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The Research and Information Office on Anti-Semitism in Berlin (RIAS), which records incidents of hatred against Jews, has counted 527 anti-Semitic incidents in Germany’s capital from January to June, 2018, up from 514 incidents in the first six months of 2017. A new plan launched by the Berlin municipality is looking to reverse the growth this phenomenon by educating young people, Deutsche Welle reported Wednesday.

See also: Poll: Half of Brits Say They Don’t Know the Meaning of Anti-Semitism


The Berlin plan’s focus on education and youth does not merely target groups which are likely to engage in anti-Semitic activity, but those who are most open-minded and ready to change their preconceptions.

“Younger people can be more easily influenced,” says Berlin Senator for Justice and Anti-Discrimination Dirk Behrendt. “Hopefully we can steer them more easily in the right direction than someone who’s 40 and has a closed, anti-Semitic view of the world.”

The plan also focuses on justice and security, culture, research, victim protection, and prevention. Berlin wants to appoint its own special commissioner for anti-Semitism, parallel to Felix Klein, head of the federal government’s anti-Semitism unit.

Other than creating the commissioner’s office and providing additional training for police and teachers, the plan doesn’t offer much that is new. That, however, is intentional.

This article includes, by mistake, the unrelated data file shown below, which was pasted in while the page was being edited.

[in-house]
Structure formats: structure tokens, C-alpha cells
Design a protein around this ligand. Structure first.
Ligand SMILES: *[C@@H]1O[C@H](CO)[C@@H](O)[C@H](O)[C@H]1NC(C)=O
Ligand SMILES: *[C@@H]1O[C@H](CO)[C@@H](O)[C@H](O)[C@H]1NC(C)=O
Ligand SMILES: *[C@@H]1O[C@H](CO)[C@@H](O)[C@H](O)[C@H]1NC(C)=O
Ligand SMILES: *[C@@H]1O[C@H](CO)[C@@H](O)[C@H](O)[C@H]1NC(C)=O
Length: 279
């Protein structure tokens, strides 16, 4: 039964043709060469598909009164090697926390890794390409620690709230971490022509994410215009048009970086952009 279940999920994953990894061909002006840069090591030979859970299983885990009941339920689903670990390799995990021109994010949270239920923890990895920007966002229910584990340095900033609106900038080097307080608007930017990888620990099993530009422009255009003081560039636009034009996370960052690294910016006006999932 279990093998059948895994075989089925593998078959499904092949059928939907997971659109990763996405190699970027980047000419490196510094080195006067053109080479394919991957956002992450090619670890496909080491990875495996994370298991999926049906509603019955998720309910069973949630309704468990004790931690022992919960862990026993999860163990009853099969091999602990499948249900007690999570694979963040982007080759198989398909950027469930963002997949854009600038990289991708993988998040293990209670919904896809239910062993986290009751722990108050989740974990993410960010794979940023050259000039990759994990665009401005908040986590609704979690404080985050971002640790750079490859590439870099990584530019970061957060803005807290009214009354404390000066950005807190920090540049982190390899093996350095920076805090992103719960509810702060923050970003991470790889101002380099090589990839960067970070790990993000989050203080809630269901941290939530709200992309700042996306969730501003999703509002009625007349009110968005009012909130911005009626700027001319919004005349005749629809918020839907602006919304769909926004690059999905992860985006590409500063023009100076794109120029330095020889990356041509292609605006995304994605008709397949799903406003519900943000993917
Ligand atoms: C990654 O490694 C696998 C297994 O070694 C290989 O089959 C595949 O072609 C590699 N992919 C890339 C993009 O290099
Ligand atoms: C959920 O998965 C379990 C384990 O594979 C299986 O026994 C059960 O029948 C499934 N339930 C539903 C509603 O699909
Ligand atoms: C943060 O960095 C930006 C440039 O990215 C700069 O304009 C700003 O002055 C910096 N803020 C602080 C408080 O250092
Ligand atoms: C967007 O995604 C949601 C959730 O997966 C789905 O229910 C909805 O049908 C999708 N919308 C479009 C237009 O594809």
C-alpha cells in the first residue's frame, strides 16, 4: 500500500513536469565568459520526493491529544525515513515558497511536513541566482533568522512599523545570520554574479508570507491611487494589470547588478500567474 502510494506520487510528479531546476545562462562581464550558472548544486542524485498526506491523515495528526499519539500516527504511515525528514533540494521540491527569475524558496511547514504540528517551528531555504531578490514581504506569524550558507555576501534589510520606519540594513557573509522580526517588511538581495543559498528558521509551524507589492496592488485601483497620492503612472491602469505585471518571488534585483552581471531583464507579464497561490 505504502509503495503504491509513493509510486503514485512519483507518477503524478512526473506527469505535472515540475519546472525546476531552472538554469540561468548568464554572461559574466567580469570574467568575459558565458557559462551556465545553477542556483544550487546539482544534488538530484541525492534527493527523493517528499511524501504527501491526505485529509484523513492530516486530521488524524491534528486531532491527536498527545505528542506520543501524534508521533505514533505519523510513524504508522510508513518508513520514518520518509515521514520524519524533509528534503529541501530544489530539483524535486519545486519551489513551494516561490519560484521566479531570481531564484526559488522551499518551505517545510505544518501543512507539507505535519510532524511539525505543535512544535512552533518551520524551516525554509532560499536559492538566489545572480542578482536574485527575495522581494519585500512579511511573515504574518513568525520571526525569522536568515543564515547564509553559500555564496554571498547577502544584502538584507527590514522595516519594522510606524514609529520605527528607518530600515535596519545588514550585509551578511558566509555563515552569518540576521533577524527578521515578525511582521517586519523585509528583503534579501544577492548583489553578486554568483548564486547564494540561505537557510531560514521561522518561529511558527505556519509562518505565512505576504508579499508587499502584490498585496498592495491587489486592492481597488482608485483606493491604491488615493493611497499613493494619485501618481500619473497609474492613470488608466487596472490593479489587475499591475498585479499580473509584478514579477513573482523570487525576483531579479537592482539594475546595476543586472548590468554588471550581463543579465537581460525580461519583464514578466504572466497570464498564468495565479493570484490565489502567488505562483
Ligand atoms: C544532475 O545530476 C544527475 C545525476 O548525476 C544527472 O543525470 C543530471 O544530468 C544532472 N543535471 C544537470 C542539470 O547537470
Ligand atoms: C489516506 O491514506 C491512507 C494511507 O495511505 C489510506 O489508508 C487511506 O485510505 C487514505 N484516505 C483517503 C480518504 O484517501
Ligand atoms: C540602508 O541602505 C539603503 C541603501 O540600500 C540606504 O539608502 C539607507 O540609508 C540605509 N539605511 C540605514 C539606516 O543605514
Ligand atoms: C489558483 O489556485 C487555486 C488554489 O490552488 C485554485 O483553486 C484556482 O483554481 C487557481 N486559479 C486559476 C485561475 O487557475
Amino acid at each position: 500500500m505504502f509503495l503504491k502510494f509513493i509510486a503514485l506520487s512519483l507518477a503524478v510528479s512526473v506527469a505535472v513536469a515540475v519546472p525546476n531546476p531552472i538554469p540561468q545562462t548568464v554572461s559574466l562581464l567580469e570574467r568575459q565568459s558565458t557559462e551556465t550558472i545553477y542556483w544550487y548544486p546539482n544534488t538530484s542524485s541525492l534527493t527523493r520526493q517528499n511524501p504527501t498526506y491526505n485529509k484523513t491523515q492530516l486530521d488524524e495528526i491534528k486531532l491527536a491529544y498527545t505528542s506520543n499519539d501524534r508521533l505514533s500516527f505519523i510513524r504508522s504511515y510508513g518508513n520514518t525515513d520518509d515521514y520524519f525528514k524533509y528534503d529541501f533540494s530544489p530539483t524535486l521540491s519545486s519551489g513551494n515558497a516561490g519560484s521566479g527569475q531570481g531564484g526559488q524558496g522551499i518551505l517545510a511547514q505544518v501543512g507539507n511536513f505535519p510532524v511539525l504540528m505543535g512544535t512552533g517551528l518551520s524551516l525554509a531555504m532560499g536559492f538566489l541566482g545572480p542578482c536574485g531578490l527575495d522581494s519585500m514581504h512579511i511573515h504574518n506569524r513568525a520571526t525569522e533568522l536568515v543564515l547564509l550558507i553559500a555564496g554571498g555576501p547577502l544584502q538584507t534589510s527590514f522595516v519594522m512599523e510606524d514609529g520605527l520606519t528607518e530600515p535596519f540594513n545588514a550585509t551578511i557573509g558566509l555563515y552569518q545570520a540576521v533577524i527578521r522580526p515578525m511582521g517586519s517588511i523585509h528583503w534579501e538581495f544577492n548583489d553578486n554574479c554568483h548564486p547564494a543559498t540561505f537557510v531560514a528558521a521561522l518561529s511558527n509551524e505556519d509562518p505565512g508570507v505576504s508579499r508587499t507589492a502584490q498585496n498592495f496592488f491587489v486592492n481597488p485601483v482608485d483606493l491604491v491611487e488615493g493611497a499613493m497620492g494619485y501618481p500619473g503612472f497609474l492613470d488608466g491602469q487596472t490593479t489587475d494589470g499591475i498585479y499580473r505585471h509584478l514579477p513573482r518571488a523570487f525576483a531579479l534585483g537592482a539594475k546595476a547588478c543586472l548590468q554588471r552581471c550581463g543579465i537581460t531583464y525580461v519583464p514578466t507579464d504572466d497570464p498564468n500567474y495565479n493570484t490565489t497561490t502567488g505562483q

Jewish groups in Berlin welcome these efforts to tackle Jew hatred.

“We welcome the fact that a well-rounded ‘learning concept’ has been passed with the plan ‘Berlin Against All Forms of Anti-Semitism,'” said Lara Süsskind, chairwoman of the Jewish Forum for Democracy and Against Anti-Semitism. “As it progresses, a consciousness should be developed that anti-Semitism is not just a problem for Jews but an attack on democratic society.”

Surveys cited by Deutsche Welle show that Germans are more acutely aware of the dangers of anti-Semitism than other European nationalities. 43% of EU citizens believe anti-Semitism is not a problem, compared with only 29% of Germans, while 66% of Germans believe it is a problem, compared with 50% of the rest of Europe.


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